New York health officials worry that polio will strike again in heavily Hasidic enclaves
New York state public health officials fear another case of polio will emerge in the heavily Orthodox county where a man contracted the virus this past summer, the first time the potentially disabling and life-threatening disease appeared in the U.S. in nearly a decade.
Despite efforts to encourage vaccination against the polio virus, they warn, levels are not high enough to prevent more cases.
“When you see one case of paralytic disease, all your alarm bells should go off,” said Dr. Eli Rosenberg, deputy director of science for New York’s Office of Public Health and the state’s polio response coordinator. “And the reason is that polio is most often asymptomatic or very mildly symptomatic. So when we see a single case of paralyzed disease, in an unvaccinated person, that means that hundreds or thousands of people in the community are infected.”
Even more alarming is that wastewater monitoring, an initiative that began in New York during the COVID-19 pandemic, shows the virus is actively circulating in several counties, including Rockland. Since May, 43 samples of wastewater taken from the county have tested positive for paralytic polio virus that’s genetically linked to the July case.
“When we have a positive, we’re sure it’s a positive,” said Rosenberg. “You don’t find polio just willy-nilly in wastewater in the United States 40 years after eradication.”
In July, an Orthodox Jewish man living in Rockland County, whose identity was not made public, was diagnosed with the first case of paralytic polio in the state since 1990. At the time, officials said he was suffering from weakness and paralysis and had not been vaccinated against the virus.
Rockland is home to the largest population of Jews per capita of any county in the United States, with 90,000 Jewish residents accounting for over 31% of the population. That includes a rapidly growing Hasidic population.
While no other cases as severe as the one in July have been reported, Rosenberg called the case a “canary in the coal mine.”
The Department of Health’s most recent data, which dates from Aug. 1, showed that only 60% of children ages 18 and younger in Rockland County had been inoculated against polio, compared to just under 79% of children statewide. The department is focusing its efforts on children as most adult Americans were immunized against polio as children.
A representative for the department said 42,455 polio vaccine doses had been administered to that age group between July 21 and Nov. 14, but that number included nearby Orange, Sullivan and Nassau counties.
“We have a very long road ahead in getting vaccine coverage in key communities to where we need it to be,” he said. The state is encouraging everyone to get vaccinated.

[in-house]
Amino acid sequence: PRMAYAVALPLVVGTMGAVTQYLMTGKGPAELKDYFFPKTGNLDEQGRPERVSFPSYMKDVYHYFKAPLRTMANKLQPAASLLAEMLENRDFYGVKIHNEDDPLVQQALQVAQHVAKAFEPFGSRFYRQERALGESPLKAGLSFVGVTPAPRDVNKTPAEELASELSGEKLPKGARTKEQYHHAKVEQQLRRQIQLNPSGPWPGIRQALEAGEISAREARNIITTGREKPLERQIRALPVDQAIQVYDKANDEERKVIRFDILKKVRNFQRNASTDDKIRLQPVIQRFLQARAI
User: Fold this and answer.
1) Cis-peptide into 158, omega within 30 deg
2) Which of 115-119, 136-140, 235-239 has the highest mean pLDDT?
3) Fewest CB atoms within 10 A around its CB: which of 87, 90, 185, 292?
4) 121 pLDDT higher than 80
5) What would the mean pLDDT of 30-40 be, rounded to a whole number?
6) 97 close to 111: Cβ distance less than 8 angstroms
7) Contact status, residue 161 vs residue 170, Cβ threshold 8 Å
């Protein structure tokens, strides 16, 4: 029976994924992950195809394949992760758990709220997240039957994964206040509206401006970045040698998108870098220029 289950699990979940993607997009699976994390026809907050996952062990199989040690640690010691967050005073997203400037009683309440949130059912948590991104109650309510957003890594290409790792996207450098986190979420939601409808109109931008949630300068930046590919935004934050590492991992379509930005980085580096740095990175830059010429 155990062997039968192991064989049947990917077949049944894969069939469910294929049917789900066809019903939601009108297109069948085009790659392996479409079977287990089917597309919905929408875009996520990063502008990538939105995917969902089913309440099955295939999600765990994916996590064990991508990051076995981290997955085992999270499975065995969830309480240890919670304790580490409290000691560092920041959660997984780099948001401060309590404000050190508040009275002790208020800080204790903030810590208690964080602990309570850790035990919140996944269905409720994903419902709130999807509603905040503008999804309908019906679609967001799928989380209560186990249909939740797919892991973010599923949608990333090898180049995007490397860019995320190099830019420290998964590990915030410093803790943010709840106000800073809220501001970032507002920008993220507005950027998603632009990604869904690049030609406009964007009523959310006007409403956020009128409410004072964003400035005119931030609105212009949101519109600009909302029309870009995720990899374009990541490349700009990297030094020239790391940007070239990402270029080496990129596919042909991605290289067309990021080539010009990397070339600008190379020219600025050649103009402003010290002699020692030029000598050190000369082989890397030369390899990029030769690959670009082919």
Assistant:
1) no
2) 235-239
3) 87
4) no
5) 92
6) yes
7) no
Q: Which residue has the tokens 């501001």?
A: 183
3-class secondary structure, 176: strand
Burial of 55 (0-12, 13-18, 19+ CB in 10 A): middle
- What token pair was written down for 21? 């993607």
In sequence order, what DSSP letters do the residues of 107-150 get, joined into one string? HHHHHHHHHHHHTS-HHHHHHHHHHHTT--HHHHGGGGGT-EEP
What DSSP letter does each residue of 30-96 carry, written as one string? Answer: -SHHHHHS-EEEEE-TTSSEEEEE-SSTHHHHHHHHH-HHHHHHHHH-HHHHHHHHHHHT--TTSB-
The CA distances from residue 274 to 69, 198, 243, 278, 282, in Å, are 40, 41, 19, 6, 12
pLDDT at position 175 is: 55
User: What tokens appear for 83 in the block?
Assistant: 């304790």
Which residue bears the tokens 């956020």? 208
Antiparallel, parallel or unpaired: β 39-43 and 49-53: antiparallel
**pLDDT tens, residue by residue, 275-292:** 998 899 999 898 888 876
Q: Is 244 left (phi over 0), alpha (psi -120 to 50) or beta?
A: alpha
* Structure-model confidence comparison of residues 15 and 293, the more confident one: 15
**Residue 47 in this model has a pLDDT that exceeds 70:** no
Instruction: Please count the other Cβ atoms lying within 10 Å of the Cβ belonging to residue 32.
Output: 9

Taking on vaccine skeptics
Once a widespread disease, causing as many as 15,000 cases of paralysis per year in the early 1950s, the advent of a vaccine by Jonas Salk in the middle of that decade led to a rapid decrease in cases. In 2021, only six cases were reported globally, four of them in Afghanistan. There is no known cure.
While health officials have launched several initiatives to boost vaccination rates, including operating pop-up clinics, they’ve encountered distrust among some parts of Rockland’s Hasidic community. Several community organizations have been enlisted to help the campaign make inroads, among them the Jewish Orthodox Women’s Medical Association.
Miriam Knoll, a physician and the JOWMA’s co-founder and CEO, said distrust of doctors and vaccines predates the pandemic but was also exacerbated by it. She attributed that attitude to a negative view of the pharmaceutical industry, a desire to raise children with “a natural type of upbringing” and the wide circulation of medical opinions that turned out to be wrong toward the beginning of the pandemic.
In July, one Hasidic resident told the Forward he believed polio is “a hoax.”
Knoll said while she’s noticed some resistance, as a concerted anti-vaccination campaign has circulated within the community. However, she believes her organization’s efforts have gained traction. They have included English and Yiddish pamphlets about the polio virus and the vaccine they are distributing via local doctor’s offices and community newspapers and magazines. Her group has also set up an information hotline, 929-4-GEZUNT. (Gezunt is the Yiddish word for healthy.)
“The idea is that we need to get good information into everyone’s hands,” she said. “We can’t just assume that it’s going to trickle down. If the anti-vaxxers are going straight to the community itself, then we need to do the same.”
Rosenberg said that health officials and community leaders will have to sustain and double down on their education and vaccination programs to stave off polio’s spread in both the short and long term.
“We didn’t get here overnight,” he said. “This is years (and) a number of issues that have accumulated in various communities. And it’s going to take a long time to unwind beliefs, misinformation and so forth. Relationship building is going to be needed to get there. So we see a long road ahead.”
Note: Vaccination statistics in this story have been updated to reflect more recent findings.